Improved Cookstove Campaign Goes To Bomigo Island
Fishmongers and community members of the Bomigo Island in the Keta Municipality in the Volta Region have undergone training on the benefits of using improved cookstoves for fish processing.
The training was part of a day's sensitisation workshop under the auspices of the Institute for Sustainable Energy and Environmental Solutions (ISEES)'s Department for Community and Ecovillage Development in partnership with the Bomigo Youth and Development Association (BYDA).
It is part of a project dubbed: 'Improving The Health And Livelihoods Of Women Fish Processors In The Bomigo Community Through Climate Smart Efficient Stove Technologies' and it was supported from the Canadian Funds for Local Initiatives (CFLI).
The workshop was aimed at training beneficiaries and community members on the benefits of switching from the traditional cookstoves to improved cookstoves for fish processing.
Mr Lovans Owusu-Takyi, the Director of the ISEES, in an interview with the Ghana News Agency, said fish processing constitutes the livelihoods of over 160,000 women within the coastal regions of Ghana including the Keta Municipality.
He said: 'Most of these people use traditional stove technologies including Cut Barrel stoves, mud stoves, the three stone stoves, the chorkor smoker among others and also depended on the mangroves as fuel-wood for smoking and frying fish.'
He said the use of traditional cookstoves, open fires and solid fuels (fuelwood/mangroves and charcoal) were the primary means of cooking for nearly three billion people in the developing world, and about 84 per cent of households in Ghana.
Mr Owusu-Takyi said the over-dependence on forest and mangroves for fuel-wood contributes to deforestation, climate change, depletion of the eco-system and poor air quality with associated poor health implications.
The Director said a study by the World Health Organisation notes that, cooking on open fires contributed to 17,000 premature deaths, including 3,000 deaths of children in Ghana each year, mostly caused by air pollution, which is 13 per cent of the country's disease burden (WHO, 2016).
'In addition to this, the inefficient nature of traditional cookstoves mean that a high level of fuel is required, meaning that the local ecosystem is being damaged due to the deforestation of mangroves,' he said.
Mr Owusu-Takyi said tackling deforestation was an important issue for Ghana's future because there has been a 70 per cent reduction in its forest cover in the last 40 years, partially caused by overharvesting for cooking fuels.
He said the project would provide 20 improved 'Ahotor fish smoking' and 'Morrison fish frying' stoves for women fish processors in the Bomigo Island in order to improve their health through reduced smoke emissions and improve their livelihoods as well as reduce fuel-wood consumption.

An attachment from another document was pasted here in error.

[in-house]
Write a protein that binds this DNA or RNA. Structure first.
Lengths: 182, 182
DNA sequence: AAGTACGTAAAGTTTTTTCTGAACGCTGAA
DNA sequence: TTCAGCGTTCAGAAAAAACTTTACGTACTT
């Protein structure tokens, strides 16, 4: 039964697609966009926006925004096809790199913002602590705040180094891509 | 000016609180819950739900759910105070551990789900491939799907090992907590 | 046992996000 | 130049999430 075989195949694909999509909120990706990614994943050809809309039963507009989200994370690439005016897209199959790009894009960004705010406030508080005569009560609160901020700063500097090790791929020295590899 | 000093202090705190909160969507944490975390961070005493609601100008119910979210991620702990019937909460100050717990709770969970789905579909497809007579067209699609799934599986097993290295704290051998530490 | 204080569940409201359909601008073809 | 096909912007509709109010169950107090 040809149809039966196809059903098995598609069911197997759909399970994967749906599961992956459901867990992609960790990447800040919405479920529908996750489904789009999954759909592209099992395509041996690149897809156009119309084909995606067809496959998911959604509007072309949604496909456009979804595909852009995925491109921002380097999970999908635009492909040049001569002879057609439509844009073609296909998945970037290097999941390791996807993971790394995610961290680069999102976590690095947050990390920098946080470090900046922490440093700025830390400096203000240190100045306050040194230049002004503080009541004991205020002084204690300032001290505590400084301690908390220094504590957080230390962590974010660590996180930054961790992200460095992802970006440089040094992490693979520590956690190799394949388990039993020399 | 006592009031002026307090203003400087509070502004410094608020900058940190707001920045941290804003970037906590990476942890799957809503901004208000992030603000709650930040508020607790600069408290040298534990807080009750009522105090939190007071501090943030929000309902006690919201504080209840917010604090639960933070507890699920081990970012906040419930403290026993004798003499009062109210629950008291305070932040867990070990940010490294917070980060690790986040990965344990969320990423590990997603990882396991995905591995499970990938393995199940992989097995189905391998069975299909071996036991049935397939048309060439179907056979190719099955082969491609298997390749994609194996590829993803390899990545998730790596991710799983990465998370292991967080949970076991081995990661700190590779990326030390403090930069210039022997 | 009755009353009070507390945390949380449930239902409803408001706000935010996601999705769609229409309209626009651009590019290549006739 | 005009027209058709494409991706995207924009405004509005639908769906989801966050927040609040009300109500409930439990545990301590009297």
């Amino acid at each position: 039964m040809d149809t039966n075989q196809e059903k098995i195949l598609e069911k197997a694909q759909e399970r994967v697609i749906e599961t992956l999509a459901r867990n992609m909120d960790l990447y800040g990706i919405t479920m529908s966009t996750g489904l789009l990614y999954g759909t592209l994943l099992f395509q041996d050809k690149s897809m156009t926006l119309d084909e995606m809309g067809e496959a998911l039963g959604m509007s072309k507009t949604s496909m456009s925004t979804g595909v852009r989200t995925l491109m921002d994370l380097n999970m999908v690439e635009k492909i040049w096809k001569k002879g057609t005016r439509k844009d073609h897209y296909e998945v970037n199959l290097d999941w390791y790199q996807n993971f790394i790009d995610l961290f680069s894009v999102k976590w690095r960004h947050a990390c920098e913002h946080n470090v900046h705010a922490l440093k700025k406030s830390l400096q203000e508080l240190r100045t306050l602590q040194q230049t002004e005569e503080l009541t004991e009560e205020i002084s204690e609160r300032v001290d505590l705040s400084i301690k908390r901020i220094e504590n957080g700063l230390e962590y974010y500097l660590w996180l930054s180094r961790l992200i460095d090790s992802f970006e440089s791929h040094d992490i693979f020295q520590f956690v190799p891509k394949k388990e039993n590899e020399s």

He said: 'We believe that by providing efficient cookstoves within the region, whilst providing an awareness and education programme alongside, they can make a huge difference on the lives of local women. This will be in terms of improving their health, improving their livelihoods by reducing the amount of fuel they have to purchase, and improving their surrounding environment.'
The improved Ahotor Fish Smoking Oven being promoted is an improved stove technology with about 32 per cent efficiency over the existing chorkor smoker, with reduced smoke emissions and an oil collector that prevents the fish oil from falling into the open fire thereby reducing the levels of Polycyclic Aromatic Hydrocarbons (PAH) to zero making smoked fish healthier for consumption.
The high PAH levels on existing smoked fish causes cancer and other health related challenges that are harmful for human consumption, Mr Owusu-Takyi said.
He said the Ahotor oven provides opportunity for women to gain improved health benefits that helps women to have cleaner environment whiles smoking.
Mr Prosper Kpodzo, the Director of the Fisheries Commission in the Keta Municipality, urged the women of Bomigo community to appreciate the stoves and use them appropriately to ensure hygienic handling of fish and processing for consumption.
He entreated fishermen to adopt proper fishing practices and avoid light fishing that makes fish unwholesome for consumption.
Mrs Marian Tadefa-Kubabom, the Coordinator of the CFLI of the Canadian High Commission, underscored the commitment of the Canadian Government and the people of Canada, to contribute to community development in partnership with local organizations.
She said the CFLI priority areas are climate change mitigation, women empowerment and child rights, adding that High Commission is pleased with its collaboration with the ISEESs and the work being done with the participation of the Bomigo community.
Mrs Tadefa-Kubabom expressed gratitude to the community members for their efforts in the project and urged them to continue to work hard to protect their environment and adopt clean cooking solutions.
She also urged the young entrepreneurs to take the training they have received seriously to promote the deployment of clean cookstoves in the local communities.
Mr Robert Ahiadi, the Unit Committee Chairman, thanked the ISEESs and the Canadian High Commission for their support in the training of the women and the youth in the community.
He gave the assurance that the community leaders would ensure that the women utilize the stoves efficiently to reap the benefits.
The workshop was also used to recognise newly trained youth from the BYDA who have been empowered with technical and entrepreneurial skills in the construction of the improved cookstoves. GNA